The fact that rocky bodies are found in orbits with similar inclinations can be best explained that during and after star formation a circumstellar disk consisting of gas and some dust (called protoplanetary disk) forms around the star as a consequence of angular momentum conservation. Accretion describes the effect of small particles growing into larger objects – in our case to bodies within a range of one to about a thousand kilometers in size. The small particles (pebbles) needed for that are the chondrules present in the protoplanetary disk. The authors assume that at the early stage of the disk, a sea of chondrules exists inside of it together with a few slightly heavier particles among them. The authors do not investigate how these “heavy seeds” have formed, but they suggest that it could be due to an instability, such as the streaming instability, which has been previously studied by the lead author. (The streaming instability can be heuristically compared to a bicycle race, where riders form a clump in the peloton to be shielded from the wind.) The larger seeds are higher in mass and therefore attract the surrounding chondrules gravitationally if the chondrules come close enough. Furthermore, the particles are slowed down due to gas friction (refer to this Astrobite for a classical analysis of the importance of gas drag). If the chondrule’s velocity is small such that it cannot escape the seed’s gravitational field – astrophysically speaking, the chondrule cannot leave the Hill sphere of the seed – it spirals inwards toward the seed (see figure). As a consequence, the seed becomes even more massive, thus attracting chondrules at larger distances. Eventually, this can lead to a run-away process of rapid growth for high enough masses if there is a sufficient supply of chondrules.

Chondrule accretion works on reasonable time scales on distances up to about 25 AU

The authors find that chondrule accretion can form rocky objects (planetary embryos) up to Mars size on time scales of a few to several million years in orbital shells at radial distances of approximately one to a few times the distance between Earth and Sun. At larger distances, the accretion times increase because of the lower amount of chondrules out there. The authors find that at distances outside of 25 AU, the time it would take to form a kilometer-size body through chondrule accretion would be larger than the age of  the solar system. Since we do not believe that our measurements of the age of the solar system are substantially different, formation of large objects through chondrule formation cannot be the explanation further away from the Sun. This could mean that objects further out are instead formed through another (modified) mechanism or that they originate from smaller objects and migrated out at later times. According to the authors, chondrule accretion is a valid mechanism for the significant growth of bodies up to a few thousand kilometers in radius. For bodies larger than a kilometer, the importance of impacts as a contributor to the mass growth of solid bodies increases, which is why the authors conclude: Asteroid formation happens predominantly by chondrule accretion. However, the formation of terrestrial planets and rocky planetary cores of gas giants grow through a combination of chondrule accretion and mass growth through collisions with much smaller bodies that add mass to the bigger more massive object.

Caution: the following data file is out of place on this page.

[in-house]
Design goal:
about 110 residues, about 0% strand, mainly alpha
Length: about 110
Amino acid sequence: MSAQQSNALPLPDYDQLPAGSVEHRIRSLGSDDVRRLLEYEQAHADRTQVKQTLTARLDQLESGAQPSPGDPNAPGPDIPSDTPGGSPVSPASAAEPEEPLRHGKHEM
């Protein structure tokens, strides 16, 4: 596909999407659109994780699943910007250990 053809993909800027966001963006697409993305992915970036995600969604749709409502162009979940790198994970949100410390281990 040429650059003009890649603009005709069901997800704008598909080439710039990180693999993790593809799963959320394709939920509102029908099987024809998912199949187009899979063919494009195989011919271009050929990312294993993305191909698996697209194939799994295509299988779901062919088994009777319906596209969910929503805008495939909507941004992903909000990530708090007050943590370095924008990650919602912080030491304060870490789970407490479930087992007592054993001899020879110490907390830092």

Disclosure: The last author on this article (M. Bizzarro) is the head of the research center (StarPlan) that I belong to. However, he is neither my supervisor, nor was I involved in the study.

About Michael Küffmeier

I’m in the first year of my three-years PhD at the Niels Bohr Institute under the supervision of Åke Nordlund in Copenhagen. Besides fighting Scandinavia’s bipolar disorder of darkness in winter time and overwhelming brightness in summer, I’m currently working on zoom-simulations. More precisely, on magnetohydrodynamic simulations of star and protoplanetary disk formation carried out with an adaptive-mesh refinement code called RAMSES. When I’m not in the office or traveling I’m probably somewhere else. If the weather allows it, I’m on the beach to improve my poor kite-surfing skills – with rather modest success.